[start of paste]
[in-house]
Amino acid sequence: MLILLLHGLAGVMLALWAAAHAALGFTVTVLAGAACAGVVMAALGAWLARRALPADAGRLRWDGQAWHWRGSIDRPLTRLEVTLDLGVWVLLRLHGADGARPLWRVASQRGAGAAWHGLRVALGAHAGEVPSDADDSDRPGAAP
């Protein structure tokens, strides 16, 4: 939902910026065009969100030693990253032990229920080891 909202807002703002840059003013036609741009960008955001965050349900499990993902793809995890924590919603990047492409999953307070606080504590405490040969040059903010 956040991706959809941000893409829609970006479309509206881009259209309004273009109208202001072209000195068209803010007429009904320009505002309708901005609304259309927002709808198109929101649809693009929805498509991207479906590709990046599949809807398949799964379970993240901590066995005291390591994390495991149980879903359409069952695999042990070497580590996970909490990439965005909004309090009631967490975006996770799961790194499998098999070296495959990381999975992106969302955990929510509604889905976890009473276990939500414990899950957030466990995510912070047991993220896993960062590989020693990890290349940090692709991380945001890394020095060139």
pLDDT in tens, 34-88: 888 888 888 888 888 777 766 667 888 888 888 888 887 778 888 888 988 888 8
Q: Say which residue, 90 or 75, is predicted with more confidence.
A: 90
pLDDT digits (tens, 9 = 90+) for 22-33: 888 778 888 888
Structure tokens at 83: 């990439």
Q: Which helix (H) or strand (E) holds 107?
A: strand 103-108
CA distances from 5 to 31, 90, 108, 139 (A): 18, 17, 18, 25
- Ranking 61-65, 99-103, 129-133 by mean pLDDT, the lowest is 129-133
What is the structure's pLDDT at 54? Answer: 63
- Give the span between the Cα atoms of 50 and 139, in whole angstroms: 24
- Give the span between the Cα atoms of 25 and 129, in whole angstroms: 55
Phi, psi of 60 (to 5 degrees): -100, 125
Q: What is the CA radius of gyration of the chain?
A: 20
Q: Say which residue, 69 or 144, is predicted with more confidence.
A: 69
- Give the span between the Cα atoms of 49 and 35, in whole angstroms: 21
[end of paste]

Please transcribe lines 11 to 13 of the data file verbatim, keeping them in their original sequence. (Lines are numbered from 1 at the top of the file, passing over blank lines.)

CA distances from 5 to 31, 90, 108, 139 (A): 18, 17, 18, 25
- Ranking 61-65, 99-103, 129-133 by mean pLDDT, the lowest is 129-133
What is the structure's pLDDT at 54? Answer: 63